Overtime rises almost 760% for top HSE executives during pandemic

Audit finds 10 biggest recipients on staff were paid €631,608 in 156 claims

Overtime for managers and administrators in the Health Service Executive more than doubled last year as a result of the pandemic, according to an internal audit report.

For the most senior executives and managers in this staff category, overtime increased by 759 per cent between April to September 2020, compared with the same period in 2019, from a low base.

In contrast, total overtime for HSE staff increased by only 14 per cent over the period.

Total overtime paid by the HSE during the six-month period rose from €96.7 million to €105.72 million, with 153,300 separate claims made between April and September.


The 10 biggest recipients were paid €631,608, in 156 claims. Valid reasons were recorded for all of these claims, with 40 per cent being due to the pandemic and 60 per cent due to a backlog of claims.

Physician’s claim

The single biggest claim listed, by an occupational health physician earning €186,000, was for €39,675. A director of public health earning €135,298 claimed €29,115 in overtime during the period.

Senior executives and managers claimed more than €3.5 million in overtime during the six-month period last year, in 7,656 claims. This compared with €1.5 million in 4,595 claims over the same period in 2019.

For the most senior grades (grades VIII to chief executive) overtime grew from €28,000 in April-September 2019 to €241,000 in the same period last year. The number of claims increased from 46 to 180.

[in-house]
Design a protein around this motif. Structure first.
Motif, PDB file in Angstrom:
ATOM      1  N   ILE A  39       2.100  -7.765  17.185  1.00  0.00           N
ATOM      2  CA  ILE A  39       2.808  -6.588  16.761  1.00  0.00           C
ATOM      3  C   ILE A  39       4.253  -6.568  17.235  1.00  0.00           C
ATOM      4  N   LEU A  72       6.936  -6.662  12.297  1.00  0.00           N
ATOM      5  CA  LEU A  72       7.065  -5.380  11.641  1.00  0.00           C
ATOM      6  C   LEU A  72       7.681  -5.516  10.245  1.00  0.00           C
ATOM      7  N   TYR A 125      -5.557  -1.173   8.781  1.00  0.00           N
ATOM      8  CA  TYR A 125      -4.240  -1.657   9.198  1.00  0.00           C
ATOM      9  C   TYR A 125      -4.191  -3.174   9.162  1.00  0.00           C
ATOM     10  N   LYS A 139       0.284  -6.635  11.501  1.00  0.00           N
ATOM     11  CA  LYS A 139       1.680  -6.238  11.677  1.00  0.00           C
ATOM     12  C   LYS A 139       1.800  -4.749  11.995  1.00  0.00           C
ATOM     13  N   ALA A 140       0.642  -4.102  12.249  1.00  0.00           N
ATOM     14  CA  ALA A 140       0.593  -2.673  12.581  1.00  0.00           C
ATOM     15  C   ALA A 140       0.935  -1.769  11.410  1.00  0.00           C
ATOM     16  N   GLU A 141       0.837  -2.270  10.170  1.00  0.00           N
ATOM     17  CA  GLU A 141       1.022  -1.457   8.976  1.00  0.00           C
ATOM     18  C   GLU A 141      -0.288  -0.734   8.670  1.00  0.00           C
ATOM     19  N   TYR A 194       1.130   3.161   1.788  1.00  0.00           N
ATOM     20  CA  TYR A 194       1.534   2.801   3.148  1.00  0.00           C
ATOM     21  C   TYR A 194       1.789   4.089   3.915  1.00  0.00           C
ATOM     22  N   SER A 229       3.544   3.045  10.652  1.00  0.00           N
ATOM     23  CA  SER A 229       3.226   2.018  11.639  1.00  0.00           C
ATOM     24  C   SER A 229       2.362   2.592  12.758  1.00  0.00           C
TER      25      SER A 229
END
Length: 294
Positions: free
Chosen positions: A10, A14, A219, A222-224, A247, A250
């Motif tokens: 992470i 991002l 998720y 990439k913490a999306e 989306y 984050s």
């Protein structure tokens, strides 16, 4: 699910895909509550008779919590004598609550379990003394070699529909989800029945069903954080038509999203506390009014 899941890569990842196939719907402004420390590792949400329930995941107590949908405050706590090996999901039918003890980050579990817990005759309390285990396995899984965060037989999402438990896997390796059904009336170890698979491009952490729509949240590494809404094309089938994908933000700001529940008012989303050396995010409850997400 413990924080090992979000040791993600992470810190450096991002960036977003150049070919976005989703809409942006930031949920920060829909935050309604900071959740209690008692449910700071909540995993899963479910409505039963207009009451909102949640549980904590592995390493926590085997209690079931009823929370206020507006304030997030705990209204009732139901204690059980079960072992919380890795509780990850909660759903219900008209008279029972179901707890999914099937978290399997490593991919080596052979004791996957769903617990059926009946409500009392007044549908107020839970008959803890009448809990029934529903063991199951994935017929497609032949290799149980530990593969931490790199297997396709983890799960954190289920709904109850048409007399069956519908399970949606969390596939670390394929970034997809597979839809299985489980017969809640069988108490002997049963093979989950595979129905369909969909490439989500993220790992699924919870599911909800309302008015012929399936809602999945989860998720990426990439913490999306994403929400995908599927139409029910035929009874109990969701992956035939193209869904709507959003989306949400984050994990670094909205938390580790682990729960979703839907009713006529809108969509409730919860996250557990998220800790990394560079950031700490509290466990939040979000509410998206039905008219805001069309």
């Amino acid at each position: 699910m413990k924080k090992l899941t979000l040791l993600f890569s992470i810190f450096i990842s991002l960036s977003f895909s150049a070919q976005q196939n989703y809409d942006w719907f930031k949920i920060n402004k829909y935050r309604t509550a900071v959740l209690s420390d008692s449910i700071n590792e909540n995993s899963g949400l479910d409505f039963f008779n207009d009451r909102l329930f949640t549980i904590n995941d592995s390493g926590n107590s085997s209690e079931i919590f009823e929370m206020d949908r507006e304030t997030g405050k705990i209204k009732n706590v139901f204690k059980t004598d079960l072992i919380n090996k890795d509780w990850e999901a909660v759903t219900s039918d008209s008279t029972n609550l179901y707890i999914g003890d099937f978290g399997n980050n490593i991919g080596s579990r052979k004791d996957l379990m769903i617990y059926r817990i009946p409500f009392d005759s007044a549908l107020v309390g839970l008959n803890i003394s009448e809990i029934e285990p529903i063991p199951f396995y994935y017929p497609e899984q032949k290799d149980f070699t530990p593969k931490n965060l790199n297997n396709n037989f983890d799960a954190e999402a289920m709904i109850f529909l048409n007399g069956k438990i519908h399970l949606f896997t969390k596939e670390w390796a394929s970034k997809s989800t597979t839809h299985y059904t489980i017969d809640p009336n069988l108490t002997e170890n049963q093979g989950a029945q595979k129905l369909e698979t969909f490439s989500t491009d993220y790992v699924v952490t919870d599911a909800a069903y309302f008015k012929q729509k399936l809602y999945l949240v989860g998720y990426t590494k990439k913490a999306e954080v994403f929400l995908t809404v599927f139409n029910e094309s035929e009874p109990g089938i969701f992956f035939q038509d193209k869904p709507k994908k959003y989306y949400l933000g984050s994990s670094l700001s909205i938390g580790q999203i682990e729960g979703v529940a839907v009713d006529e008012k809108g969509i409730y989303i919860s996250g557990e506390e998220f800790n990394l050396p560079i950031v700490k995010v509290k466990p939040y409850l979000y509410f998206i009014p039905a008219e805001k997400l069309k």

Separately, the audit report found that none of over 2,000 ventilators ordered by the HSE at a cost of €81 million at the start of the Covid-19 pandemic was ever used.

Undelivered ventilators

Of the 2,194 ventilators paid for in advance, only 465, costing €10.1 million, were ever delivered, with none being put into clinical use, the final audit report into the contract has found.

Of this initial delivery from China, a 41 per cent failure rate was reported by HSE and external testing experts.

As a result of this testing and delays in receiving units from China, many of the orders were cancelled from early April 2020 on.

According to HSE internal auditors, the quantity of ventilators ordered was “far in excess” of the requirement identified by an expert assessment group.

Of the €81 million prepaid, refunds for cancelled orders of €29.3 million have been received and €9.1 was converted into an order for personal protective equipment.

Legal action is ongoing between the HSE and one supplier over €2.8 million worth of deliveries.

Paul Cullen

Paul Cullen

Paul Cullen is Health Editor of The Irish Times